• Provide information regarding services at the Mental Health and Wellness Center.
    • Offer a warm hand-off email, introducing the student to the staff at MHWC or offer to walk them over personally to RSS 258 (second floor of Registration and Student Services Building).
    • Stay calm; demonstrate and express that it is OK to not be OK.
    • Provide time and space for the student to discuss their thoughts and feelings. Some may not open up right away or directly. Avoid offering lots of advice or solutions.
    • Avoid offering advice or solutions. Instead, encourage the student to seek appropriate help or services.
    • Complete a Maxient report
  • Disruptive Student

    • Ensure the physical safety of yourself and those present
    • Use a calm, assertive but nonconfrontational approach to defuse and de-escalate the situation
    • Set boundaries by explaining how the behavior is inappropriate
    • If the disruptive behavior persists, notify the student that action may be taken to ensure their safety and the safe of others who are present
    • If possible, ask the student to leave
    • Call 9-1-1 if there is an immediate safety risk or behaviors continue to escalate
    • Immediately file an incident report with campus police and complete a Maxient report.

Campus and Community Resources

Do's and Don'ts

  • Do

    • Speak with the student privately if possible
    • Consider allowing the person to briefly vent and tell you what is upsetting them, if you are comfortable doing so, and acknowledge their feelings
    • Let the student know you are concerned about their well-being. Express your concern by describing changes you have observed, using nonjudgmental terms
    • Be supportive but set clear boundaries. Explain clearly and directly what behaviors are appropriate: “I’m willing to speak with you as soon as you lower your voice.”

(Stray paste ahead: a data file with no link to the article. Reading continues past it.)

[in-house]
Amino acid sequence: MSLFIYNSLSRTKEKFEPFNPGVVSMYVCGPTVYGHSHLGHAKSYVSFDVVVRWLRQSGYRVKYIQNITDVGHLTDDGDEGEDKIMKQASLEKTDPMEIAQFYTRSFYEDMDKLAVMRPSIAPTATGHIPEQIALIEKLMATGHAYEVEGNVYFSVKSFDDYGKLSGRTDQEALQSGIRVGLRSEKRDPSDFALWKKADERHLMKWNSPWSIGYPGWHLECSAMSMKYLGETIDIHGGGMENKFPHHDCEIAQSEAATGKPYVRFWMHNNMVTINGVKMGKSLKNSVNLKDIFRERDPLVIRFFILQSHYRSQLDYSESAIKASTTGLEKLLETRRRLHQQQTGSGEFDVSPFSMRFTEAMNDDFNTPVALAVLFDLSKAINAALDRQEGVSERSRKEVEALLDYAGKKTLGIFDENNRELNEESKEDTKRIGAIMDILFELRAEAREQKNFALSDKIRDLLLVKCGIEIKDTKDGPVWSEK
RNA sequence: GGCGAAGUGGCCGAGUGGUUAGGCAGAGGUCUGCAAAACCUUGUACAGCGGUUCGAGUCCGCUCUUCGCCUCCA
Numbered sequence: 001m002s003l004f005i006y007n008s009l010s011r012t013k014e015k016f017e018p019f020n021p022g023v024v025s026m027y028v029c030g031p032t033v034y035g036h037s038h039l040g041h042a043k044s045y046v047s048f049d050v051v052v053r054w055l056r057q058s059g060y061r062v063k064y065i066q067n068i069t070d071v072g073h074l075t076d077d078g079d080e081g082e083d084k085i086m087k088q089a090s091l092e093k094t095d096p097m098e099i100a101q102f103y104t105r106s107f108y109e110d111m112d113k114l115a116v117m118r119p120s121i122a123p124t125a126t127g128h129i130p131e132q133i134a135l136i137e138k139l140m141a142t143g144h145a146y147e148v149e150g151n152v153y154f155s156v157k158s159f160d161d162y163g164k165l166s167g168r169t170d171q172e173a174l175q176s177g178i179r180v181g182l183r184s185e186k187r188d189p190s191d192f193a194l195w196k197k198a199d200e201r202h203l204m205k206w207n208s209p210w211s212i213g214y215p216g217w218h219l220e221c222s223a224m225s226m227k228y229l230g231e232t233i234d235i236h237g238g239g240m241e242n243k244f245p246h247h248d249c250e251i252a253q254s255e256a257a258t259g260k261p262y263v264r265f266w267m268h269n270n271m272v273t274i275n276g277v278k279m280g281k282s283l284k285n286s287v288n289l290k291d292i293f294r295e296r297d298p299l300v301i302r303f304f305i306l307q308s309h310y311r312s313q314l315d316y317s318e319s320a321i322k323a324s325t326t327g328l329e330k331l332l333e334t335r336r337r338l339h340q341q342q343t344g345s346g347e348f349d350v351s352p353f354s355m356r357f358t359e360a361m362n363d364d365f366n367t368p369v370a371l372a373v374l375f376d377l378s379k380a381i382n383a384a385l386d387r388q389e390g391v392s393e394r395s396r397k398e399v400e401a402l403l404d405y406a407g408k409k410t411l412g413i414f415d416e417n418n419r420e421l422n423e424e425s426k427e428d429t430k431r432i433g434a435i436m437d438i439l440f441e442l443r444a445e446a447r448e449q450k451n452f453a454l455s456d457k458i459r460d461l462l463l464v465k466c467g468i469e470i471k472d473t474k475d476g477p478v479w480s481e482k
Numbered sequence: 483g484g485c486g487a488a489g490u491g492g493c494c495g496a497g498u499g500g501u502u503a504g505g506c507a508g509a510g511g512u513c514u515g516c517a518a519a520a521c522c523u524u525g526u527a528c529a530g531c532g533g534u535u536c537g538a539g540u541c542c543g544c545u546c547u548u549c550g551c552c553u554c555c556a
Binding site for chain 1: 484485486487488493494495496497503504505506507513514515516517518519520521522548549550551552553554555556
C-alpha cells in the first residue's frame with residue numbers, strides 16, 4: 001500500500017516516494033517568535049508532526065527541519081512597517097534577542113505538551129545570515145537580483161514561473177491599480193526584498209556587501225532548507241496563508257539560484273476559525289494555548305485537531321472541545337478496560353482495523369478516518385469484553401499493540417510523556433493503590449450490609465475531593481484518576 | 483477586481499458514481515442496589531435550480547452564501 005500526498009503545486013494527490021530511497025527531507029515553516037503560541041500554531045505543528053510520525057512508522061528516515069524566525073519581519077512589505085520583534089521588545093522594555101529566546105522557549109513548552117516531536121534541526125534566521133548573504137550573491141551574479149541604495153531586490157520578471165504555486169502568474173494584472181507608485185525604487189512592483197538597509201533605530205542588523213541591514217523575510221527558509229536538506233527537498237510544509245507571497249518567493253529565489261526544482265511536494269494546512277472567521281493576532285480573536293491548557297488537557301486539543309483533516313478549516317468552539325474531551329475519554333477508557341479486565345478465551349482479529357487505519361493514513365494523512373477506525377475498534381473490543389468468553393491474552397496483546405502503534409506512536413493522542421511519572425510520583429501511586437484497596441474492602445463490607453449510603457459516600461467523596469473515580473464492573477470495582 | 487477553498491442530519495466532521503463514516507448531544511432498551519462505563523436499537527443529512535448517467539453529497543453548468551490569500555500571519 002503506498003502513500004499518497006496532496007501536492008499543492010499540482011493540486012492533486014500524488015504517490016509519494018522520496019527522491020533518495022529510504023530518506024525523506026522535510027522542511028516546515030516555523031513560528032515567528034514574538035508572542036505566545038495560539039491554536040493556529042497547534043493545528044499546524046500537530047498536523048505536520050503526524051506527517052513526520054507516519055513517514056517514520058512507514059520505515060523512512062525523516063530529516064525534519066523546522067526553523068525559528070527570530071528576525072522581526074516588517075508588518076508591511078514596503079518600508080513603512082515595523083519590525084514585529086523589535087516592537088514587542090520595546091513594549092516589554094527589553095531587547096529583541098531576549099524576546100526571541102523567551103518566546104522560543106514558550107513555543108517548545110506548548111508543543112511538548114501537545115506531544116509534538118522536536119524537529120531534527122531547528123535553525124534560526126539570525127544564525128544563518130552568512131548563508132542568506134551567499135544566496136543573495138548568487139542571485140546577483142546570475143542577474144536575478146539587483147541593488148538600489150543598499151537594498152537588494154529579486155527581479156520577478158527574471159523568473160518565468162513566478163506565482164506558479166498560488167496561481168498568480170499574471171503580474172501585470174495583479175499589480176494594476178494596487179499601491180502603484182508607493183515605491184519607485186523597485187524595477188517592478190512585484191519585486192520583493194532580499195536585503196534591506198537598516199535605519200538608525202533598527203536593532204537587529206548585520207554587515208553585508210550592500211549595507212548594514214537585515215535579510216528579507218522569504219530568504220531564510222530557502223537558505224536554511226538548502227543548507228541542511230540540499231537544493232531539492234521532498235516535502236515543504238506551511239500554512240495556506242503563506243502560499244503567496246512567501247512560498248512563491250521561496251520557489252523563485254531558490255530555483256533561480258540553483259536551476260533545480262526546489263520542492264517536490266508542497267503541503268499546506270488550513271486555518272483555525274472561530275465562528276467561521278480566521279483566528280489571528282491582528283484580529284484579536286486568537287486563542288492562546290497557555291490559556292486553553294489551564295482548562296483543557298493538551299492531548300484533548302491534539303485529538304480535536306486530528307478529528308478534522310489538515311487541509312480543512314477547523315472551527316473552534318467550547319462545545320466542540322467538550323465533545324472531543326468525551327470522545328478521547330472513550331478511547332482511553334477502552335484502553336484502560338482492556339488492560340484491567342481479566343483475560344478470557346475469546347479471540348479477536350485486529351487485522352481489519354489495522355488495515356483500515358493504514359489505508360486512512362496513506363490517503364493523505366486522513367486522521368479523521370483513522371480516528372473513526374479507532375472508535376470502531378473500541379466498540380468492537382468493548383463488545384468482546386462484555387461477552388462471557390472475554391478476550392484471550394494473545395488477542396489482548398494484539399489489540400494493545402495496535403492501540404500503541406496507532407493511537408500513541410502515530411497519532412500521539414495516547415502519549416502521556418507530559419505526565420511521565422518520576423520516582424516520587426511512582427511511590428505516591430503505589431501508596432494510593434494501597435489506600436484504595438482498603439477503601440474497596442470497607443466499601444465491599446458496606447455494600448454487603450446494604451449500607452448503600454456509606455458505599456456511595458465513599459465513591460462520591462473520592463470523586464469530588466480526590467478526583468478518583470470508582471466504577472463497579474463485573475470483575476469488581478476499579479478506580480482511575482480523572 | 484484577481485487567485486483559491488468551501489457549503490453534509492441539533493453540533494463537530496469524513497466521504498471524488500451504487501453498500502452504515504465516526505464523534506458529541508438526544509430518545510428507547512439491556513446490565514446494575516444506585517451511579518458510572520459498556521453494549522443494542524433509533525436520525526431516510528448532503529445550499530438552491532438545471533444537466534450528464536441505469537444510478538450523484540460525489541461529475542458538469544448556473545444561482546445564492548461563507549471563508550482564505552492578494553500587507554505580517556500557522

• Make clear in what ways you can help the student, as well as what is beyond your scope.
    • Be assertive, fair, consistent, and honest
    • Suggest resources; help the student explore options
    • Point out that seeking help is a sign of strength and courage, rather than weakness or failure
    • Consult with appropriate individuals about your concerns, but refrain from sharing students’ personal struggles indiscriminately
    • Make personal referrals. Give the name of an individual when possible. Call ahead to brief that person or offer to accompany the student if you're able to do so
    • Document the exchange and report it to the dean of Student Development by using the Maxient reporting system
    • Consider following up with the student after you refer them – if you are comfortable doing so, and if you think it may be helpful
  • Don't

    • Don’t ignore the unusual behavior
    • Don’t minimize the situation
    • Don’t get into an argument or shouting match
    • Don’t judge or criticize
    • Don’t blame, ridicule or use sarcasm
    • Don’t make physical contact
    • Don’t ignore your own limitations
    • Don’t make the problem your own
    • Don’t promise confidentiality
    • Don’t involve yourself beyond the limits of your time, skill or job duties

The information on this webpage is brought to you by the De Anza College Harm Evaluation Assessment Reduction Team (HEART). HEART works to improve communication across campus by gathering more detailed information on individuals of concern, in order to assess and address potential risks, while implementing intervention strategies to prevent harm.